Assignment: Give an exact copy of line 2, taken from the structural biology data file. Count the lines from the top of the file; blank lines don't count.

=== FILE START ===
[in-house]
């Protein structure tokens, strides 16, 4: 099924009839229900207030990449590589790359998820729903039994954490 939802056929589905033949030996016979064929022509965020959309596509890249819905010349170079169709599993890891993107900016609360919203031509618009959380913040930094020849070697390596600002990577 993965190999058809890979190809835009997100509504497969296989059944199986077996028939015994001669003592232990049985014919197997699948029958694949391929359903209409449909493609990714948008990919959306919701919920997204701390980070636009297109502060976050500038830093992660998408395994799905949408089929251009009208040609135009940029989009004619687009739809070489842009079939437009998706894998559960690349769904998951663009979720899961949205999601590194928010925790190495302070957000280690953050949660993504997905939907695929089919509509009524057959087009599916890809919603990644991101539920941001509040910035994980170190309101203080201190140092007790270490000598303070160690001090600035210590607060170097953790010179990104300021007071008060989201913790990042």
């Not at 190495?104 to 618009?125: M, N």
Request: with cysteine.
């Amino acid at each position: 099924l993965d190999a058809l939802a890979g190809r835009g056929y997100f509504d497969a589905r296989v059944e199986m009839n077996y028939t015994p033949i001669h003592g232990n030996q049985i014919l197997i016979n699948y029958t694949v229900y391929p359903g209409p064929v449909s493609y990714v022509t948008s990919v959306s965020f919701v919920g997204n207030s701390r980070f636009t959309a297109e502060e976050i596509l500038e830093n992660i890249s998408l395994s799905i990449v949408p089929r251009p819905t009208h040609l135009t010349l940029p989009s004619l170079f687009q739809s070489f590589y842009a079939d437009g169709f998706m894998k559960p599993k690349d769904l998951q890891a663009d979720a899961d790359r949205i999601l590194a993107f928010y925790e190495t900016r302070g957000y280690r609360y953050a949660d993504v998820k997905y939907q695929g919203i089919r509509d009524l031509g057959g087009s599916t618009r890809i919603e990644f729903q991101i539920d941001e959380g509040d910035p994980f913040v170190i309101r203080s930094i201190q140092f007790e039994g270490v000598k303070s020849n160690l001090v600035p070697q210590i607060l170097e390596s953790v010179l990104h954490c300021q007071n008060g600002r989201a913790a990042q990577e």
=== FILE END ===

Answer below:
């Protein structure tokens, strides 16, 4: 099924009839229900207030990449590589790359998820729903039994954490 939802056929589905033949030996016979064929022509965020959309596509890249819905010349170079169709599993890891993107900016609360919203031509618009959380913040930094020849070697390596600002990577 993965190999058809890979190809835009997100509504497969296989059944199986077996028939015994001669003592232990049985014919197997699948029958694949391929359903209409449909493609990714948008990919959306919701919920997204701390980070636009297109502060976050500038830093992660998408395994799905949408089929251009009208040609135009940029989009004619687009739809070489842009079939437009998706894998559960690349769904998951663009979720899961949205999601590194928010925790190495302070957000280690953050949660993504997905939907695929089919509509009524057959087009599916890809919603990644991101539920941001509040910035994980170190309101203080201190140092007790270490000598303070160690001090600035210590607060170097953790010179990104300021007071008060989201913790990042």